Fennel mashed potatoes

One of the most Dutchiest (is that even a word?) things there is, is a national dish called ‘ stamppot’. Basically it’s a one pot dish of mashed potatoes and veggies. One of my faves and in my opinion appropriate year round. Why? Because you can do with it as you please, mashing veggies of whatever season in it.

I tried to find a proper translation but couldn’t really find it. It went from stew (which it’s not) to hotchpot (which had no recognizable image search results whatsoever). So I’m sticking to stamppot. As mentioned above ‘ stamppot’ is a one pot dish of mashed potatoes with usually leavy greens and some sort of meat.

This time we’ll use fennel and leek. Admittedly I had some leek lying around and the fennel was calling me from its stand. Being such a good listener I bought it of course, without knowing what to even do with it.

The good thing about stamppot is, is that you can almost use any vegetables in it. Which is its art at the same time, working out well almost every time. You can do endless variations, which is the main reason why I never make the same stamppot twice (except for the traditional recipes) of course. And maybe because I simply forget what I’ve used most of the time. So this foodblog turns out to come in handy. HA!

The anise like flavour of fennel turns out quite well with leek and an apple for a little sweet freshness. My kind of flavour. Nice with sausage or a chicken bread panfried with salt, pepper and a squeeze of lemon. Or fish. Or bacon. Or no meat. Or, or, or.

For a fennel stamppot for two:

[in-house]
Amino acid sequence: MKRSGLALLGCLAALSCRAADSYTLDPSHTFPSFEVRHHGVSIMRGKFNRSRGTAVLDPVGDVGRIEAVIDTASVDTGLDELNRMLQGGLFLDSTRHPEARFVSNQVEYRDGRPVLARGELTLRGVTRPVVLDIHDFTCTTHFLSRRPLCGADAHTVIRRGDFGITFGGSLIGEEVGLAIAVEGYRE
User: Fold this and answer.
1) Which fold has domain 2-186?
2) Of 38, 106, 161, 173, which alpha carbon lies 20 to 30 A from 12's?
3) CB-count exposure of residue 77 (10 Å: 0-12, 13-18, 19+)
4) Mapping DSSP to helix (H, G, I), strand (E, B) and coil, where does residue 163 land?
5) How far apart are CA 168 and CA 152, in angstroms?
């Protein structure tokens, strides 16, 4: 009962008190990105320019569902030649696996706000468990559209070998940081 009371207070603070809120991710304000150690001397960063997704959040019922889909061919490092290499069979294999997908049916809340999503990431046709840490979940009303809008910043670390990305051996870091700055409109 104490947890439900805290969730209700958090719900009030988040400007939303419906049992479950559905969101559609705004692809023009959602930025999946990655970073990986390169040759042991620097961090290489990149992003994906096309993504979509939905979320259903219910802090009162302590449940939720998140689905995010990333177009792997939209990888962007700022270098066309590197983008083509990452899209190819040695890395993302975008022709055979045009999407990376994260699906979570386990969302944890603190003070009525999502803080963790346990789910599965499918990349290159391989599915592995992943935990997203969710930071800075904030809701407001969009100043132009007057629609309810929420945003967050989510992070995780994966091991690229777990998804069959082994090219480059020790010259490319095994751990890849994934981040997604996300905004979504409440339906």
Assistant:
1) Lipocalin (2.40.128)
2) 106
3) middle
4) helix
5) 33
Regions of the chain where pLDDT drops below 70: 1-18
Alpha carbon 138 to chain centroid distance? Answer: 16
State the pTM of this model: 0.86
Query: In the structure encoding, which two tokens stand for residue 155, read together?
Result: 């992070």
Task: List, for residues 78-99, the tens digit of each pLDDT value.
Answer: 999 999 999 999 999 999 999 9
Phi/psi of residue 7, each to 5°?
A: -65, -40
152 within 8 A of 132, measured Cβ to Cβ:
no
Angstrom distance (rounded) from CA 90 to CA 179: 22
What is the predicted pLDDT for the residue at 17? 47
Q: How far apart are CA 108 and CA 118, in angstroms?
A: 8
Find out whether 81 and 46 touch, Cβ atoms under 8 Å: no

• 1 fennel (wafer-thin slices)
  • 1 leek (finely chopped)
  • 1 apple (cut in fine strips)
  • Half kg potatoes (peeled and in halves)
  • 1 egg butter
  • salt
  • pepper
  • nutmeg
  1. Place the potatoes in a sauce or soup pan in water . Add salt and bring to a boil, let ik cook for 10-15 minutes.
  2. Steam the fennel and leeks above the the potatoes in the last few in the last few minutes and set them aside.
  3. Check if the potatoes are cooked by poking a fork. Easy poke? Done and drain. If not leave for antoher 1-3 minutes while frequently checking.
  4. Mash the potatoes until smooth together with the egg and some butter. Season with salt, paper and shaved nutmeg. In stead of the egg you can also use a splash of warm milk.
  5. Now stir in the fennel, leek and apple. Have a taste every now and then to see if it needs more season.

P.s. don’t know how the bleep to cut a fennel? No worries, I’ll happily explain. Rule for fennel is, the thinner the tastier. Especially raw.

  1. Rinse under cold water.
  2. Check for and remove any brown spots using a peeler.
  3. Cut of the bottom and the tops. You can keep the weird looking leafy stuff for garnishing.
  4. It’s now easy to cut the fennel in half and finely slice it using a sharp knife, a mandolin slicer or processor.

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